According to the FAQ on sqlite.org, the row size is arbitrarily
limited to 1MB, which can be increased to 16MB by changing a
#define in the source code.

My question is, why even limit the row size? Is there a way the
code can modified so that there is no limit for the row size (other
than the available disk/memory space)?

The current file format allocates 24 bits for storing the number of bytes in a particular row. (See http://www.sqlite.org/fileformat.html for details.) So the currect version of SQLite will never allow more than 16MB in one row. The proposed version 3.0.0 of SQLite uses a variable-length integer to store the row size and can thus accomodate up to 2^64 bytes in a single row. In theory.

But a limit of 1MB will probably still be enforced. Why is this?

SQLite stores large rows by breaking the data up into 1K chunks and
storing each chunk in a separate page of the database.  Filesystems
do much the same thing in an operating system.  But filesystems have
an advantage over databases in that they can access the many chunks
that make up a file in parallel, whereas SQLite has to access them
one at a time.

Suppose you have a 1MB row in SQLite and you want to read the whole
thing.  SQLite must first ask for the 1st 1K page and wait for it to
be retrieved.  Then it asks for the 2nd 1K page and waits for it.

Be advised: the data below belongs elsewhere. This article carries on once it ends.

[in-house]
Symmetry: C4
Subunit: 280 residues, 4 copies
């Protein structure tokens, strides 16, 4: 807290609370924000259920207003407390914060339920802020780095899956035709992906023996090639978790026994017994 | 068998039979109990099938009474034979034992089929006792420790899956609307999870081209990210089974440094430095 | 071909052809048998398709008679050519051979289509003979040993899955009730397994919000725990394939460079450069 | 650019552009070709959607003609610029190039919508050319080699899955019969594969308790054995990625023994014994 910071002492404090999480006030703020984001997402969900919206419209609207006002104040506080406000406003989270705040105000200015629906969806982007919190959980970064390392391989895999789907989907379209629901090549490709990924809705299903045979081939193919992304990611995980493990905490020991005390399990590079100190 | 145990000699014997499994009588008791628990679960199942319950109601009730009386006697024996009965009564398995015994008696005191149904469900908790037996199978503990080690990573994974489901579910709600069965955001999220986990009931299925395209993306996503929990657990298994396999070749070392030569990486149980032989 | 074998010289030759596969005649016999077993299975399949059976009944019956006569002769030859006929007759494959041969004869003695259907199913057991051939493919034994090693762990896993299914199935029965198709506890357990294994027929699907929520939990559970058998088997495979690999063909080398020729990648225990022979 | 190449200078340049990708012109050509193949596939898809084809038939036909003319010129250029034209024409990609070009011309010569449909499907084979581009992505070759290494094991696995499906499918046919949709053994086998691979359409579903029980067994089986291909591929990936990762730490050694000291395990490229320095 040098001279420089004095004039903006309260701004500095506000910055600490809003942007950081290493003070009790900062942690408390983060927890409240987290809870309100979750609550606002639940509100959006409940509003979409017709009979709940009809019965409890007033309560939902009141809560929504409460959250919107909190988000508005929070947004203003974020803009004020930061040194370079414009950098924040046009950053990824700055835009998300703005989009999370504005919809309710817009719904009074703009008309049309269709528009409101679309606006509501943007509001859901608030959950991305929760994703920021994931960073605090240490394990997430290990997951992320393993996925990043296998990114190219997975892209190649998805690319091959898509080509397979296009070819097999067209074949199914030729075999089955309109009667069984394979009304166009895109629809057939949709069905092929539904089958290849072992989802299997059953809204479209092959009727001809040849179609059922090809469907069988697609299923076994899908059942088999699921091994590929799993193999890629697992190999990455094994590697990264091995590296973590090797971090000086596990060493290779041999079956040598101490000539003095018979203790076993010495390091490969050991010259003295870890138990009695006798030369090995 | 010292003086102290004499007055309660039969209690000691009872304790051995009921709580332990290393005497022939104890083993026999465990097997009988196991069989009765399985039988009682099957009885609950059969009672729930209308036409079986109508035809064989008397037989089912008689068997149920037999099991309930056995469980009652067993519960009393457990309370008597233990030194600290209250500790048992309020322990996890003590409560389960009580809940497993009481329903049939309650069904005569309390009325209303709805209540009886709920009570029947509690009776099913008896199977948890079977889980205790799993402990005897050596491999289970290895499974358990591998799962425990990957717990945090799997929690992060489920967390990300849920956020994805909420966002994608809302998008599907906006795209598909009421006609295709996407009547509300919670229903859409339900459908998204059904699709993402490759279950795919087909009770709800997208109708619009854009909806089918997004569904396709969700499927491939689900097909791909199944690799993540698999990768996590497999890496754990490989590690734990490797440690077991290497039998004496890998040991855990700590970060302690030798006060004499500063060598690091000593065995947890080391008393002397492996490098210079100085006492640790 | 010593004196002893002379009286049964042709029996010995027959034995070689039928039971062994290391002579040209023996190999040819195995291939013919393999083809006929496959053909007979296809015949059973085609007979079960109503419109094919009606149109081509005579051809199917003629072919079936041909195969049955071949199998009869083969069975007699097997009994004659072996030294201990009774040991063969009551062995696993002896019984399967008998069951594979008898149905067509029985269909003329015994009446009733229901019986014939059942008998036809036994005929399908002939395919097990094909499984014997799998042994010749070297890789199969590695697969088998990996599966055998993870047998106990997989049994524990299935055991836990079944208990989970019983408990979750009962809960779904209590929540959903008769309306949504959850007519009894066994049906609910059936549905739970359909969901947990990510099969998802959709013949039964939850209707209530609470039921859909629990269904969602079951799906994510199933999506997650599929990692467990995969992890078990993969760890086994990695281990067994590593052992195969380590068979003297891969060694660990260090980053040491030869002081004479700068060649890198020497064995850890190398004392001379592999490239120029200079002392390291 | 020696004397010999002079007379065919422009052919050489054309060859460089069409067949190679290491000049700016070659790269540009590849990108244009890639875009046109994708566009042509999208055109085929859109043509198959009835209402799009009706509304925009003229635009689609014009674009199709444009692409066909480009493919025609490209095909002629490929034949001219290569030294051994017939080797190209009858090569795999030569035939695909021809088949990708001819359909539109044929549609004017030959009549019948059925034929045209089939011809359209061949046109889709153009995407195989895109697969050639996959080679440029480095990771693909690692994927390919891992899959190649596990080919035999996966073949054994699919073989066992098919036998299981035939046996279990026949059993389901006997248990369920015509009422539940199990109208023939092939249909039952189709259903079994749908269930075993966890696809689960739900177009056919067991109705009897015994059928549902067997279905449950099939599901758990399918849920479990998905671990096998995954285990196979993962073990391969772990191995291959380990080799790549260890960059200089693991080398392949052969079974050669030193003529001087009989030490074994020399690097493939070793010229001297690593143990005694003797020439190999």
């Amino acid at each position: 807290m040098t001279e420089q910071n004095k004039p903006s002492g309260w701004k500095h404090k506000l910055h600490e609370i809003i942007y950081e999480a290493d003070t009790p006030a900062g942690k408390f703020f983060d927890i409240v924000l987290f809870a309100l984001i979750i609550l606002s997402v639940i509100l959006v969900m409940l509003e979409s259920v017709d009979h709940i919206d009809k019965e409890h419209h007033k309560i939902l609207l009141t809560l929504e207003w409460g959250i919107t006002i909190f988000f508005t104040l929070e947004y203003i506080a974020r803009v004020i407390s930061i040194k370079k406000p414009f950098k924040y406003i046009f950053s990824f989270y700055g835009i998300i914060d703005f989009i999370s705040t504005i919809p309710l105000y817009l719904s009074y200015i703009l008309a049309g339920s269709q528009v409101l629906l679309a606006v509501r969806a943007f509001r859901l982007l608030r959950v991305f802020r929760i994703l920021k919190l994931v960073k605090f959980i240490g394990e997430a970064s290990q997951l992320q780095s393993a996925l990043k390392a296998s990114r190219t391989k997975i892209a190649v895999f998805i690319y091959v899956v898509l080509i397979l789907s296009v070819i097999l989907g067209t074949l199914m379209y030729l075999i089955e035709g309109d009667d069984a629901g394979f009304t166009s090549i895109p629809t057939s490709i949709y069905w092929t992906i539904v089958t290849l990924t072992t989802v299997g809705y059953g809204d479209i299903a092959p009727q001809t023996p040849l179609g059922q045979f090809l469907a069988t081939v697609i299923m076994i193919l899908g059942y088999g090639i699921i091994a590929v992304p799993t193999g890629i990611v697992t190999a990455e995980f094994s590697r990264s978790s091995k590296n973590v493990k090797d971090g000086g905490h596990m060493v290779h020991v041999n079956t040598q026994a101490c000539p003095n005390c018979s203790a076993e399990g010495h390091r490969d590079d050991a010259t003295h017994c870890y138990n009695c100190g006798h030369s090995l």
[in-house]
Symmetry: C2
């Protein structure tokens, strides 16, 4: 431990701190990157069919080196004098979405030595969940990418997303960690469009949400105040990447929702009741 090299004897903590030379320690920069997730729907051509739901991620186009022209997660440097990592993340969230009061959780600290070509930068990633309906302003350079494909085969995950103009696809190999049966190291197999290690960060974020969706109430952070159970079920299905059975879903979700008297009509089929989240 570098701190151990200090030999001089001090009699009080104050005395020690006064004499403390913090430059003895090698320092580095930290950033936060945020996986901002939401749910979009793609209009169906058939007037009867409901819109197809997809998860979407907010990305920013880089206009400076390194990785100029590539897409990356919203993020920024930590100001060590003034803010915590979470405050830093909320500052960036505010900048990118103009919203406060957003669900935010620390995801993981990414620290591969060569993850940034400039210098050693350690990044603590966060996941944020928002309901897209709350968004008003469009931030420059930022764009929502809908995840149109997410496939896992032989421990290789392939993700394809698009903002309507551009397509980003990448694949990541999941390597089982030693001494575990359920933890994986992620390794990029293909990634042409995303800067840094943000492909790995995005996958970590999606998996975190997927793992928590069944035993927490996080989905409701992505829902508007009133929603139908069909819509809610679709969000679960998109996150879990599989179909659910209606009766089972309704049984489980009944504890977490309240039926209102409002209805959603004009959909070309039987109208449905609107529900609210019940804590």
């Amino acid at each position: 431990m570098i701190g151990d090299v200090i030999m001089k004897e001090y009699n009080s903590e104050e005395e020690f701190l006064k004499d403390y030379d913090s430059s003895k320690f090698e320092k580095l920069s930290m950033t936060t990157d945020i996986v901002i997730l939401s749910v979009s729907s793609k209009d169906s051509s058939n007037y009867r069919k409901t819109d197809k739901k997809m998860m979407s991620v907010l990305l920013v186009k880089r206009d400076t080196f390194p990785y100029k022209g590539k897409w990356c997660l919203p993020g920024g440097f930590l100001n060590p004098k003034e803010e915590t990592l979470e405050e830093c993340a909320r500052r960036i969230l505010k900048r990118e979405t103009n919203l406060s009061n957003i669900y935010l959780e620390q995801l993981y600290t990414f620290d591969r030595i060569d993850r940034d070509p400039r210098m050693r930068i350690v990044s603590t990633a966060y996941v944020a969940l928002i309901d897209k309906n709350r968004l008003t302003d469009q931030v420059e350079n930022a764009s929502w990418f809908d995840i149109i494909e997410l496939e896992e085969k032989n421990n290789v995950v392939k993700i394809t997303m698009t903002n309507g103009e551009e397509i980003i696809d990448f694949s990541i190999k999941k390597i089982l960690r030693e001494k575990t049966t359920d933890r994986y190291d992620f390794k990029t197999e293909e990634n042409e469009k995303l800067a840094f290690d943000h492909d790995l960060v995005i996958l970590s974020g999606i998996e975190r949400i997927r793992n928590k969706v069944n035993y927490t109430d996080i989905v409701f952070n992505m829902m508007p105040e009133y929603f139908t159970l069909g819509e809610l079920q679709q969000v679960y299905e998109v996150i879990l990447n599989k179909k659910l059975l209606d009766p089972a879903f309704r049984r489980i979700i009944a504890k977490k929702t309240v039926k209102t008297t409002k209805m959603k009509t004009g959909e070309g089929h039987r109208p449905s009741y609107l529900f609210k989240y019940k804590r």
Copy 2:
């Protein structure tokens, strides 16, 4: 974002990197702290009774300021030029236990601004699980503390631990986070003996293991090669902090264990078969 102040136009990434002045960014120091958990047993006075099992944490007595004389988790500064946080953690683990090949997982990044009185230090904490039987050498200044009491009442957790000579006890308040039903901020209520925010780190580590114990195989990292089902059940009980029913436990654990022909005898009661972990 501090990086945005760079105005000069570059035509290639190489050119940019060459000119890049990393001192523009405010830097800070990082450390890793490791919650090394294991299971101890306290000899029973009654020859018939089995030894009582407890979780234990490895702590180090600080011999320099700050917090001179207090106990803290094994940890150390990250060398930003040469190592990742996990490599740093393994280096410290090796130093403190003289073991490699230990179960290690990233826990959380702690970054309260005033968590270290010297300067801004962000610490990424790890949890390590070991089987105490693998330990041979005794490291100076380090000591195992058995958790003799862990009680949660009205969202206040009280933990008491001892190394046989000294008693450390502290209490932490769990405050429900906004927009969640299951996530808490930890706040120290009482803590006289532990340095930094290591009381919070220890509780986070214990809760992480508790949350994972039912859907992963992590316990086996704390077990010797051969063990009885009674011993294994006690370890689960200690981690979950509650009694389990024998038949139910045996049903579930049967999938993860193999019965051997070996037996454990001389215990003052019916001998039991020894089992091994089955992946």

And so forth for all 1000+ pages.  If each page retrieval requires
1 rotation of the disk, that's about 8.5 seconds on a 7200RPM disk

The filesystem code inside the operating system can do the same task
in parallel.  If you ask the operating system to read in all of a
1MB file for you, it can request many separate blocks from the disk
controller at once.  The blocks might arrive out of order, but the
OS can reassemble them into the correct order before returning the
result up to the user-space process.  Using this approach, only a few
rotations of the disk platter would be required to retrieve a 1MB
file, instead of thousands.  The retrival will be 100s of times faster.

The moral of the story:  If you have large amounts of data you want
to store, it is best to store that data in a separate file and then
write the name of that file into the database.
D. Richard Hipp -- [EMAIL PROTECTED] -- 704.948.4565

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